Image from Pexels

Image from Pexels

If you’re tired of the same old prep books staring you down when it comes time to study for a standardized test, maybe it’s time to try something new. Although few books can beat your trust copy of Kaplan or Barron’s when it comes down to straight informational delivery, there are dozens of other books that are just as helpful and far more interesting. More importantly, these books will do a better job of teaching you how to think, which is what truly matters. The benefits of these books will extend far beyond the day of the test.

So without further ado, here are a number of helpful books that will help you not only rock your next standardized test, but also carry you far into the future


So assuming you have a basic understanding of how angles work and more or less get subtraction, there doesn’t seem to be a lot you can do to radically boost your SAT score. Enter Arthur Benjamin, a self-described “mathemagician” who could easily pass himself off as a human calculator. His book
Secrets of Mental Math: The Mathemagician’s Guide to Lightning Calculation and Amazing Math Tricks lets you in on all his secrets – proving him to be a lousy magician, however excellent he may be at math.

His book can read like a series of parlor tricks, but it’s far more than that – it’s shortcut after shortcut that allows you to easily solve more complicated equations. On a timed multiple-choice test, these approximations can come in handy. While other kids may have to resort to pecking at their calculators, you may be able to solve a question with a quick glance.


As unhelpful as this is, the best way to prepare for the reading section is simply to read. Unsure where to start? As pretentious as it is, this list is not half-bad. Finding a way to squeeze even fifteen minutes of reading into your day (over breakfast? on the bus? before bed?) will go a long way toward helping you increase your reading comprehension.


Let me sing the praises of Grammar Girl. I first encountered the genius of Mignon Fogarty through The Grammar Devotional: Daily Tips for Successful Writing from Grammar GirlIt’s quick, it’s witty, and above else, it’s helpful. In fact, the original Grammar Girl is also on the syllabus of a course at my college required for tutors interested in working for the Writing Center.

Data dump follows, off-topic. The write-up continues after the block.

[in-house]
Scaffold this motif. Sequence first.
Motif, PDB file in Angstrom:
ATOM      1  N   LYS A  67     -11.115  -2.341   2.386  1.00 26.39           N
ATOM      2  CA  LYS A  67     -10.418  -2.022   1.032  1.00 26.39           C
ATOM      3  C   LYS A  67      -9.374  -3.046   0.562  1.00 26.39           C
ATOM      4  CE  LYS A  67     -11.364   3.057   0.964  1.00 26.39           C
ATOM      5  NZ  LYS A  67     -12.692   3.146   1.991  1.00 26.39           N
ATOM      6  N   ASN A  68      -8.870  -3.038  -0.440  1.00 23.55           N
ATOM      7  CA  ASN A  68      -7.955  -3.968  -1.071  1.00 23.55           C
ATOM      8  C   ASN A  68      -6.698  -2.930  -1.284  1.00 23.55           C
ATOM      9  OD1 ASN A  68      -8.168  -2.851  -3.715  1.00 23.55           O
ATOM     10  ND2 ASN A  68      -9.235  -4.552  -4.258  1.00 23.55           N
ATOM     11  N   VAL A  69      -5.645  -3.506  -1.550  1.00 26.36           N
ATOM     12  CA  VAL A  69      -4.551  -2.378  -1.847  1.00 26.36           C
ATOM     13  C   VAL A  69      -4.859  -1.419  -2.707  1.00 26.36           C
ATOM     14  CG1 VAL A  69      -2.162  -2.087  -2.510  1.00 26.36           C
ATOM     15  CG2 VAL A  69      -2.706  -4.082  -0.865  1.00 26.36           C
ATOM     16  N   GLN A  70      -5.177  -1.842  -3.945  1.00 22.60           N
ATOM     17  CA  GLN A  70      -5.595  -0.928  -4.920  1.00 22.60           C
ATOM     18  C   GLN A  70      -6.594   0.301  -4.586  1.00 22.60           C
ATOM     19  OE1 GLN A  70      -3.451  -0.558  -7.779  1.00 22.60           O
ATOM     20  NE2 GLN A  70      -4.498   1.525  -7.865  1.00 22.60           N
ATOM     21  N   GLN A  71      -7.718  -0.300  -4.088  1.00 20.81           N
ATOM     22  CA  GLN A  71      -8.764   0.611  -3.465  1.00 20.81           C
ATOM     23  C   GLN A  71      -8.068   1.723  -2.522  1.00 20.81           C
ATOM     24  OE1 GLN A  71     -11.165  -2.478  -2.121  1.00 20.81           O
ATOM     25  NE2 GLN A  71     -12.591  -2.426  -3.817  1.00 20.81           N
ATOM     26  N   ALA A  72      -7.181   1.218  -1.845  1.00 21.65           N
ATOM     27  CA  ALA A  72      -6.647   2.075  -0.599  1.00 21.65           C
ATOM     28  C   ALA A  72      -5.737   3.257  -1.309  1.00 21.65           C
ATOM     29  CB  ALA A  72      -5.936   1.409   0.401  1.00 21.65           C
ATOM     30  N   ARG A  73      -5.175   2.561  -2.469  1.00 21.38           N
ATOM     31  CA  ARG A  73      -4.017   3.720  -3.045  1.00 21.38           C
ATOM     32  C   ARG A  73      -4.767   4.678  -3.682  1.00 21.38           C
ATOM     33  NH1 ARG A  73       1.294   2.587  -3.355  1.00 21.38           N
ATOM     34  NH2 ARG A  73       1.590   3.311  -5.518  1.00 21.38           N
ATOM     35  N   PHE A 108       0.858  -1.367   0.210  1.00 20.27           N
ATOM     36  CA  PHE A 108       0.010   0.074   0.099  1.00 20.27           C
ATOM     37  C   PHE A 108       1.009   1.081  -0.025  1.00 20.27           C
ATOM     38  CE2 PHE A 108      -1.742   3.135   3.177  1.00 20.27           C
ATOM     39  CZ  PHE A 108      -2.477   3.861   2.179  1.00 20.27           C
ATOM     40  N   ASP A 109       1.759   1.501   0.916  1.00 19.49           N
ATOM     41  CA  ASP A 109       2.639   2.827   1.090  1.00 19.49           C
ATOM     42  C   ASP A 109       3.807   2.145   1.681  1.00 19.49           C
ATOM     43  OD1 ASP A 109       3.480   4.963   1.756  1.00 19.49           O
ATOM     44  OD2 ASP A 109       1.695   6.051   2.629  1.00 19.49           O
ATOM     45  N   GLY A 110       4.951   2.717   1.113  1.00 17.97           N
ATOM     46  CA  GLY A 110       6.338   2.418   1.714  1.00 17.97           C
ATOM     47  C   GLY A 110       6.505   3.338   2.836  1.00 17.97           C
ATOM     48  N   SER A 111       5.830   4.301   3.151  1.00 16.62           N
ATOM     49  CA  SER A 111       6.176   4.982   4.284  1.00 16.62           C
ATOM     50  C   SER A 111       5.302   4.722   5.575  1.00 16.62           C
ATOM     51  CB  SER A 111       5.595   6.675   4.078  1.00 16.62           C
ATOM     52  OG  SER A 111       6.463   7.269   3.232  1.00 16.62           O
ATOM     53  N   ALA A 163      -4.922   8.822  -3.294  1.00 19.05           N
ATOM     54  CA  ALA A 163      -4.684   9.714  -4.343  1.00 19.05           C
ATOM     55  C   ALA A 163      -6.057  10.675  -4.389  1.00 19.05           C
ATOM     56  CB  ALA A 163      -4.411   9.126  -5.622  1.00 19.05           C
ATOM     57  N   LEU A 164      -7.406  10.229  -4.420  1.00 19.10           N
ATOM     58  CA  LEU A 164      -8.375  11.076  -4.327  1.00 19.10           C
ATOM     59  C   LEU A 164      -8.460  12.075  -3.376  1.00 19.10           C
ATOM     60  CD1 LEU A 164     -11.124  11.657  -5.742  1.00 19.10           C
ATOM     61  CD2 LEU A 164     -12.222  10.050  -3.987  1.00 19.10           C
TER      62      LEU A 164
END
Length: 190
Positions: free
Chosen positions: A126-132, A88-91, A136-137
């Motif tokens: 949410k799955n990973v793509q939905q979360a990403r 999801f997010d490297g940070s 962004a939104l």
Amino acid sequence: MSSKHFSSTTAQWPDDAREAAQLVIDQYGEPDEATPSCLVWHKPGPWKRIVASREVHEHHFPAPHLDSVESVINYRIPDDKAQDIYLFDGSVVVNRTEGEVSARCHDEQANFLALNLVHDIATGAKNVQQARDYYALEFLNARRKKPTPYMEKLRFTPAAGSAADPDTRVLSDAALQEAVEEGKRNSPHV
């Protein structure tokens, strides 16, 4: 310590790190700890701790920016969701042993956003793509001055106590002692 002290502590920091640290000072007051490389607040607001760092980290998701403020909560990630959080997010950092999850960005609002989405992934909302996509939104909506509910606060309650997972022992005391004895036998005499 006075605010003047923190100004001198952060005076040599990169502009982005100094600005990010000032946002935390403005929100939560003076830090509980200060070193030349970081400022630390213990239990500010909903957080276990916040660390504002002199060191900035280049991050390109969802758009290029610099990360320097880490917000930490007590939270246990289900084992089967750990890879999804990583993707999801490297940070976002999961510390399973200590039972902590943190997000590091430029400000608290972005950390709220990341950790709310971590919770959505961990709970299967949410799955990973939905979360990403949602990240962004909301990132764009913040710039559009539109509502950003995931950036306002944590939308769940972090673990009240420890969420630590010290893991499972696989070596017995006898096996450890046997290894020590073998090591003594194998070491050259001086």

In my opinion, prep books’ takes on grammar can be incredibly dry. Fogarty explains English’s convoluted mechanics with impressive lucidity, and includes dozens of memorable mnemonic devices that help you retain information as quickly as you learn it. (To this day, I still think about her hairdryer example when determining how to wade through compound possession.)

Bonus: APs

Advanced Placement courses are a little harder to prep for with random books, as unlike the SAT or ACT, they are designed to test a semester’s worth of college-level knowledge. That being said, I often find that complex ideas are easier to understand when I get the basic stuff, so two of Charles Wheelan’s books deserve an honorable mention. For those taking AP Economics or AP Statistics, Naked Economics: Undressing the Dismal Science and Naked Statistics: Stripping the Dread from the Data are both clear, engaging looks at some traditionally underappreciated subjects. Wheelan makes economics and statistics funnier than they have any right to be and includes insightful real-world examples to show just how relevant these two fields are.

I can’t speak for the AP classes, but I can say these two books provided me with enough information to get me through the majority of my intro-level microeconomics and statistics courses. College classes are a breeze when you already understand almost three-quarters of the material.

Will these books guarantee you a perfect score? Of course note, but in contrast to the more traditional SAT/ACT-prep books, these books will help transform the way you think. Long-term benefits aside, you’ll do better on the test as well – and if you’re already thinking better, you’ll have one less thing to worry about as you dedicate yourself to what you actually need to study for the test.

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